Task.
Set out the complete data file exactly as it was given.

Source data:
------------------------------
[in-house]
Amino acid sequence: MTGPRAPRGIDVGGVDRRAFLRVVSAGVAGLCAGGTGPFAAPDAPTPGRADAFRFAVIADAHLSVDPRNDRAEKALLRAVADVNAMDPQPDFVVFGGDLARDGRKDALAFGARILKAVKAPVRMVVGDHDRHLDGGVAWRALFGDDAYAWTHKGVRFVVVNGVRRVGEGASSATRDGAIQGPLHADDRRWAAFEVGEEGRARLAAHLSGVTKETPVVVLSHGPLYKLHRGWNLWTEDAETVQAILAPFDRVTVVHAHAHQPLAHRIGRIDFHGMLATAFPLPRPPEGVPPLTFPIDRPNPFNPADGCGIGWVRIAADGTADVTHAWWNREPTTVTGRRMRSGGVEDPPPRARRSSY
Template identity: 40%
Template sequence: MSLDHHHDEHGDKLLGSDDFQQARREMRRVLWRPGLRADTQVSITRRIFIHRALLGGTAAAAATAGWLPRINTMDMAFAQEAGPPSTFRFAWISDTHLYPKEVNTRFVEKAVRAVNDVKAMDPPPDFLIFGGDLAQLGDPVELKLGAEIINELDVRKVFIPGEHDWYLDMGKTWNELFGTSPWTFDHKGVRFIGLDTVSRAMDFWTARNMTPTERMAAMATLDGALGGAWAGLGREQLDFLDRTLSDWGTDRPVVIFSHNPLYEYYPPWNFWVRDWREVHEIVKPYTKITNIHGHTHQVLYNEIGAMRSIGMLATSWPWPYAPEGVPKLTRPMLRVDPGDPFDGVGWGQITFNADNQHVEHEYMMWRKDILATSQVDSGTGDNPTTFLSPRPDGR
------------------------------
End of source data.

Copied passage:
[in-house]
Amino acid sequence: MTGPRAPRGIDVGGVDRRAFLRVVSAGVAGLCAGGTGPFAAPDAPTPGRADAFRFAVIADAHLSVDPRNDRAEKALLRAVADVNAMDPQPDFVVFGGDLARDGRKDALAFGARILKAVKAPVRMVVGDHDRHLDGGVAWRALFGDDAYAWTHKGVRFVVVNGVRRVGEGASSATRDGAIQGPLHADDRRWAAFEVGEEGRARLAAHLSGVTKETPVVVLSHGPLYKLHRGWNLWTEDAETVQAILAPFDRVTVVHAHAHQPLAHRIGRIDFHGMLATAFPLPRPPEGVPPLTFPIDRPNPFNPADGCGIGWVRIAADGTADVTHAWWNREPTTVTGRRMRSGGVEDPPPRARRSSY
Template identity: 40%
Template sequence: MSLDHHHDEHGDKLLGSDDFQQARREMRRVLWRPGLRADTQVSITRRIFIHRALLGGTAAAAATAGWLPRINTMDMAFAQEAGPPSTFRFAWISDTHLYPKEVNTRFVEKAVRAVNDVKAMDPPPDFLIFGGDLAQLGDPVELKLGAEIINELDVRKVFIPGEHDWYLDMGKTWNELFGTSPWTFDHKGVRFIGLDTVSRAMDFWTARNMTPTERMAAMATLDGALGGAWAGLGREQLDFLDRTLSDWGTDRPVVIFSHNPLYEYYPPWNFWVRDWREVHEIVKPYTKITNIHGHTHQVLYNEIGAMRSIGMLATSWPWPYAPEGVPKLTRPMLRVDPGDPFDGVGWGQITFNADNQHVEHEYMMWRKDILATSQVDSGTGDNPTTFLSPRPDGR